The bottom line is that, technically, code4lib does not, AKAIK, exist.
It's one piece of property, the domain name is in your name.
Everything else is donated or lent.

Code4lib has no formal governance. It is more like a clique than an
organization. The question of whether we want to adopt formal
organization and governance has been raised often over the years, and
it seems to be as effective in emptying rooms as craft beers are for
filling them.

Since we don't exist, we can't do anything. We can collectively come
up with a policy, but we have no status to enforce that policy. Like a
clique, it really comes down to convincing everyone that you are a
cool kid, and you are committing to a policy, so everyone else who
wants to be cool should do so as well. This can work, except for the


On Thu, Jan 24, 2013 at 11:38 AM, Ed Summers <[log in to unmask]> wrote:
> On Thu, Jan 24, 2013 at 10:01 AM, Mark A. Matienzo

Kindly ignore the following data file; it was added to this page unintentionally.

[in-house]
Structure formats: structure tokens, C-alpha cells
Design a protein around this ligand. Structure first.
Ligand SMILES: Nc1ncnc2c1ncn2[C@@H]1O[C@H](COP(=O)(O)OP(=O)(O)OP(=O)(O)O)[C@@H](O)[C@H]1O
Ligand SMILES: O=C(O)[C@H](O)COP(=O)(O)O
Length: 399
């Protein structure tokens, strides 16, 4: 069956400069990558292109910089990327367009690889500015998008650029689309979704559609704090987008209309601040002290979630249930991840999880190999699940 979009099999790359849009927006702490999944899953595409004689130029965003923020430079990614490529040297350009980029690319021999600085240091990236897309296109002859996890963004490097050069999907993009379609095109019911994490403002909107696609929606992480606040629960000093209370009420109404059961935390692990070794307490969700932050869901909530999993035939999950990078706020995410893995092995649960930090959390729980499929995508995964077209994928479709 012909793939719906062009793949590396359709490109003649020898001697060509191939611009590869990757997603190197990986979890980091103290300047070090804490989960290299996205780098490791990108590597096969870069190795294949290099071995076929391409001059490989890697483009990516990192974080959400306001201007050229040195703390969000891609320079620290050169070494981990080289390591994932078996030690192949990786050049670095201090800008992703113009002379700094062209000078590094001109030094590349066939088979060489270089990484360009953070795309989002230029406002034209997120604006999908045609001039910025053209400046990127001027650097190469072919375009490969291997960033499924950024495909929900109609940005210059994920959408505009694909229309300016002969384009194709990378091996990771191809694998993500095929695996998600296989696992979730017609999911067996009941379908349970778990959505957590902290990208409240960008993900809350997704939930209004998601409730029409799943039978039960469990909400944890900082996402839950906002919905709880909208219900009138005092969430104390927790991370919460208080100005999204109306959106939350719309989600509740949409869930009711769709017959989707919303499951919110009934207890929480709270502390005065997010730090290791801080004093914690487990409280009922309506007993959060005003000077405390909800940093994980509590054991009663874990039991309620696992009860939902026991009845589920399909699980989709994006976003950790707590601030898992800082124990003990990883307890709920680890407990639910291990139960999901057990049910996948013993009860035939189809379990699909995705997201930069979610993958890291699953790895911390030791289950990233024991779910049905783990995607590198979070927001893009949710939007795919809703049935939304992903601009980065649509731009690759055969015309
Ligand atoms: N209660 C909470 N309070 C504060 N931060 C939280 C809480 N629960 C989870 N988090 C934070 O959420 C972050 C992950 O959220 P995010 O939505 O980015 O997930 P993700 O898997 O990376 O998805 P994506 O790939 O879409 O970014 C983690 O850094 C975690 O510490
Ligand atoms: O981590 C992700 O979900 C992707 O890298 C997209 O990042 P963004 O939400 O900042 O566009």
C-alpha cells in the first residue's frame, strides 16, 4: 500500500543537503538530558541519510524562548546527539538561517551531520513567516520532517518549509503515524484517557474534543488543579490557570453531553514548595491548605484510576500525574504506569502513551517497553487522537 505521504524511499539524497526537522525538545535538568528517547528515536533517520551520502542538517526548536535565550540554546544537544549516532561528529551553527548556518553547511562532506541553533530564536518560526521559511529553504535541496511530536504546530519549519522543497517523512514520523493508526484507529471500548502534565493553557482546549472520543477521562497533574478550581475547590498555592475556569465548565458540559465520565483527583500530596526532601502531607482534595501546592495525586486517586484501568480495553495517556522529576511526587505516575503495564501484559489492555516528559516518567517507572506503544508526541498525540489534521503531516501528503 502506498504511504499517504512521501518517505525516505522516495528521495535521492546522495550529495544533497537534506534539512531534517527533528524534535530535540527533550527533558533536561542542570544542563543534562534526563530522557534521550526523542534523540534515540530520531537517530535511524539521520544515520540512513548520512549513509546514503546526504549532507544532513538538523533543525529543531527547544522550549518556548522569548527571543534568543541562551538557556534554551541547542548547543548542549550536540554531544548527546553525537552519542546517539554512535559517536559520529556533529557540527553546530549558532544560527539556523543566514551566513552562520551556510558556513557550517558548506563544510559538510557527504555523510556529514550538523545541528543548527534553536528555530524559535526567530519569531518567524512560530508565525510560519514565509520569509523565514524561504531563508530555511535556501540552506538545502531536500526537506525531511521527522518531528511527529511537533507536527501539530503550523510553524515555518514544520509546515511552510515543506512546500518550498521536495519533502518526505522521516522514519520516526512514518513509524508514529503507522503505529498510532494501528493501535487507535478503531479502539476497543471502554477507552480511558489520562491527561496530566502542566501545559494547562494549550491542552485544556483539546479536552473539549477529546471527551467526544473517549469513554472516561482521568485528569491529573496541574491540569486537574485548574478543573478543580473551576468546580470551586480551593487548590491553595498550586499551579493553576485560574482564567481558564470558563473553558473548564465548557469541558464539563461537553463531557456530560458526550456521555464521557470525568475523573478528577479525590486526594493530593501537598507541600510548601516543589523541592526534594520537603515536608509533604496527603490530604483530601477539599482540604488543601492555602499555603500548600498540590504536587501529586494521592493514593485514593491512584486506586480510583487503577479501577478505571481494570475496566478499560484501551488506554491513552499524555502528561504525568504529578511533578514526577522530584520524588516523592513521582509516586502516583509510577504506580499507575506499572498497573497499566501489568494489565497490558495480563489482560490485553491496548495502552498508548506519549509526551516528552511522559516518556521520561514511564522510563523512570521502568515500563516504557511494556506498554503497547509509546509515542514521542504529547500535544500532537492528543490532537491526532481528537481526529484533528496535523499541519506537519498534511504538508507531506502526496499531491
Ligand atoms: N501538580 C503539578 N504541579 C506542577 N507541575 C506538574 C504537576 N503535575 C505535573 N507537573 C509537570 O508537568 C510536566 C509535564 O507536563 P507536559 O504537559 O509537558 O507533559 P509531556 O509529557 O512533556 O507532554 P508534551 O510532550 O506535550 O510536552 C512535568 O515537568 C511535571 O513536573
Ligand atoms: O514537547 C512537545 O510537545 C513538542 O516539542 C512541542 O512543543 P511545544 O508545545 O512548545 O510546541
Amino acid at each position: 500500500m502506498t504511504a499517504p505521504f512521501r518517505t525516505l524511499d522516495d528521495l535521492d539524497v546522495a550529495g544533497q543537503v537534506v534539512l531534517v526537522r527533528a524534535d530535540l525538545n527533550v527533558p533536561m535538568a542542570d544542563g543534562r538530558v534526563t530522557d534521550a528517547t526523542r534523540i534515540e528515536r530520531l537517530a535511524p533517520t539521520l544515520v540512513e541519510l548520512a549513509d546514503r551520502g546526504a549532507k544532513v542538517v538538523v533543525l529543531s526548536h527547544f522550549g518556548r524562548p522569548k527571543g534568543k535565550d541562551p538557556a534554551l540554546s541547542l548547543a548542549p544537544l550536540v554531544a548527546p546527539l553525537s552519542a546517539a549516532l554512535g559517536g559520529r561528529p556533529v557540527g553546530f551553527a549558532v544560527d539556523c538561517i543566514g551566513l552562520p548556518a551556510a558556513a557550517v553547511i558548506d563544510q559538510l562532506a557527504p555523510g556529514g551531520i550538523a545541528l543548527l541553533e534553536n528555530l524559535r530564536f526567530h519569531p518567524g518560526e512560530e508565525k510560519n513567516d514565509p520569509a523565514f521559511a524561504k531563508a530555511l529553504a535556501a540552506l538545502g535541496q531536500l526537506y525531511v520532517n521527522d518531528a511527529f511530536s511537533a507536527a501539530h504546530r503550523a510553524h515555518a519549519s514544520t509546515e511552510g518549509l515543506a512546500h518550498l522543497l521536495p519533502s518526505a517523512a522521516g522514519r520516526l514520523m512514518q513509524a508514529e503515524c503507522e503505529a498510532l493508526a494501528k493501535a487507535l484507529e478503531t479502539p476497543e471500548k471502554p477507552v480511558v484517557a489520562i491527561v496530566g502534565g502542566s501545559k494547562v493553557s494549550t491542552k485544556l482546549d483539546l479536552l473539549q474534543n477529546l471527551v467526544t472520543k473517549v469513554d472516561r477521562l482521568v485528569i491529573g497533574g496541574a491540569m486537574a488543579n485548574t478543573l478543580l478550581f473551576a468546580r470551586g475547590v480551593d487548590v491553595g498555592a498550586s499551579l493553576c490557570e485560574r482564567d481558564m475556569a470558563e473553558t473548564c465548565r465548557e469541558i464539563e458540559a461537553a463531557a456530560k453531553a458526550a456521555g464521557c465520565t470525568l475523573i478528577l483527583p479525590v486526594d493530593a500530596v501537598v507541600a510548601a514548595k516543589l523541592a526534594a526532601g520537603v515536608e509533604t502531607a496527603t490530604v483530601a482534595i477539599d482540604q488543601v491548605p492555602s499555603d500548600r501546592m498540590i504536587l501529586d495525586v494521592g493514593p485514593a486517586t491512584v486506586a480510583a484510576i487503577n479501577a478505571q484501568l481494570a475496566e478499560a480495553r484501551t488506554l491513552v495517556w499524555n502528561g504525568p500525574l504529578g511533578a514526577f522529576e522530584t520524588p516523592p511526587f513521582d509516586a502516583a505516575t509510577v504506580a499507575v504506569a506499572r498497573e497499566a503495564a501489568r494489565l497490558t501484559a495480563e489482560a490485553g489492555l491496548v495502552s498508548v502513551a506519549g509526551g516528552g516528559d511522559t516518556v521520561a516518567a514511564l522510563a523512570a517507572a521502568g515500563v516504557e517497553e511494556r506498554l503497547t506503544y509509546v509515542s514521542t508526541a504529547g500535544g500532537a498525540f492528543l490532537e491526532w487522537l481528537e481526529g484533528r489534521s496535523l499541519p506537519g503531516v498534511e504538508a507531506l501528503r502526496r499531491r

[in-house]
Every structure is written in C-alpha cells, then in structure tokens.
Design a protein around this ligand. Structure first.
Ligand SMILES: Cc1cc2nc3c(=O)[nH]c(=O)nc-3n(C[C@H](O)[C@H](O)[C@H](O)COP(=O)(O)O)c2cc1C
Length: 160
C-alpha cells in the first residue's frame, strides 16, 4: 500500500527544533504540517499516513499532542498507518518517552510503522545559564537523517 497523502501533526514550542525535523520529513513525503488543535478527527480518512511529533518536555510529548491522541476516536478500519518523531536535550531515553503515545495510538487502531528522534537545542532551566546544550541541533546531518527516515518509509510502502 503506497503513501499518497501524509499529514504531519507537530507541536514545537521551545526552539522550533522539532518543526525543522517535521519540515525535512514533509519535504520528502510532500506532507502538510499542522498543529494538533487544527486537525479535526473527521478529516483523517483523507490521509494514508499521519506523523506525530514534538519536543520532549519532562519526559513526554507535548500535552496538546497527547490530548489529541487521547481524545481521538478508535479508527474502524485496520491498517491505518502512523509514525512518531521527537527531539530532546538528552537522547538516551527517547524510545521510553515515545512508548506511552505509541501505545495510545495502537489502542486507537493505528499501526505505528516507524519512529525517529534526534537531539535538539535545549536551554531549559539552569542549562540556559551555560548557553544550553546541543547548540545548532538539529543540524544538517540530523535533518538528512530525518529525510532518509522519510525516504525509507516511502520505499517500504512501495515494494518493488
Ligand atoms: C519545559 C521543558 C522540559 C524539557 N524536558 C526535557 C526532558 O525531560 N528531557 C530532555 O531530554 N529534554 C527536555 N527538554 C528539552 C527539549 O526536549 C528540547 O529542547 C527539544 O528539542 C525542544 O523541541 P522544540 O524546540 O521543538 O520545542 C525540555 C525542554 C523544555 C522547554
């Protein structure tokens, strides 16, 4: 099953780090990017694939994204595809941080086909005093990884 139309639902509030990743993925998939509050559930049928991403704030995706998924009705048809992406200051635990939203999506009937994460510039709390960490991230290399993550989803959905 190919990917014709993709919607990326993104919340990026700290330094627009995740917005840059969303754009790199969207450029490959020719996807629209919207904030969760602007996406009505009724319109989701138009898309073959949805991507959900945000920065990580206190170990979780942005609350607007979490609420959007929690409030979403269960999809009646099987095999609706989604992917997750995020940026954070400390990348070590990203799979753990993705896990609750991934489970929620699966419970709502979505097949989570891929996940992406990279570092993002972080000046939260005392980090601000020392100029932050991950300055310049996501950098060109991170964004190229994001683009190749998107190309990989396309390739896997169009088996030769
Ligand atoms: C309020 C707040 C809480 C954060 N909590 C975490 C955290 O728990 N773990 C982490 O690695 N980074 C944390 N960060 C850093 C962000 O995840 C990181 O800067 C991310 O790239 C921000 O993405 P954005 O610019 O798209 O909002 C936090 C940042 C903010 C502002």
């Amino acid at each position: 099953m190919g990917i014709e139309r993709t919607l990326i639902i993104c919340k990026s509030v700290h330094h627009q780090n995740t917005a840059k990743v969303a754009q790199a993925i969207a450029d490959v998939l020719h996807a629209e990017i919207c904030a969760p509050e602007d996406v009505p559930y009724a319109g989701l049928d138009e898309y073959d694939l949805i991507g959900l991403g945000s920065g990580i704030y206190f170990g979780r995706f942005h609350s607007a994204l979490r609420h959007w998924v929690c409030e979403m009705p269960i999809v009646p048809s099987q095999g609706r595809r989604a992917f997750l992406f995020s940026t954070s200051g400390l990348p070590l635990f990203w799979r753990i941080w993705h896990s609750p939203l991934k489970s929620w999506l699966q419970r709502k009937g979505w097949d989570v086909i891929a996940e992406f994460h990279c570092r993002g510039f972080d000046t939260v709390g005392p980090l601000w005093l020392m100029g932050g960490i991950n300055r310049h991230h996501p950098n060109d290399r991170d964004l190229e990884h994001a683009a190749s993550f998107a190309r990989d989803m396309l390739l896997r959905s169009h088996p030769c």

> <[log in to unmask]> wrote:
>> More to the point, no other decision about code4lib in terms of
>> "action" or "policy" has been made ever. This is new territory for us.
> It's not really that new. We've voted on tshirts, logos, and whether
> or not to have post here--perhaps other things that
> I'm forgetting. I'm not saying we need to vote on the anti-harassment
> policy to make it real--it's already real. Not everyone may respect
> it, but hopefully we'll all continue being nice people and won't have
> to worry about enforcing it. It's hard to imagine anyone being against
> it. Personally, I find it regrettable that it's even necessary, but it
> is what it is.
> Voting can be a nice way of testing the waters for something. I found
> the survey on the email posting very helpful. But
> voting on everything would get very tedious, and boring very quickly I
> imagine. code4lib has always seemed much more freeform than that to
> me. I really liked Bethany's description of lazy consensus [1] at the
> last conference.
> //Ed
> [1]

Cary Gordon
The Cherry Hill Company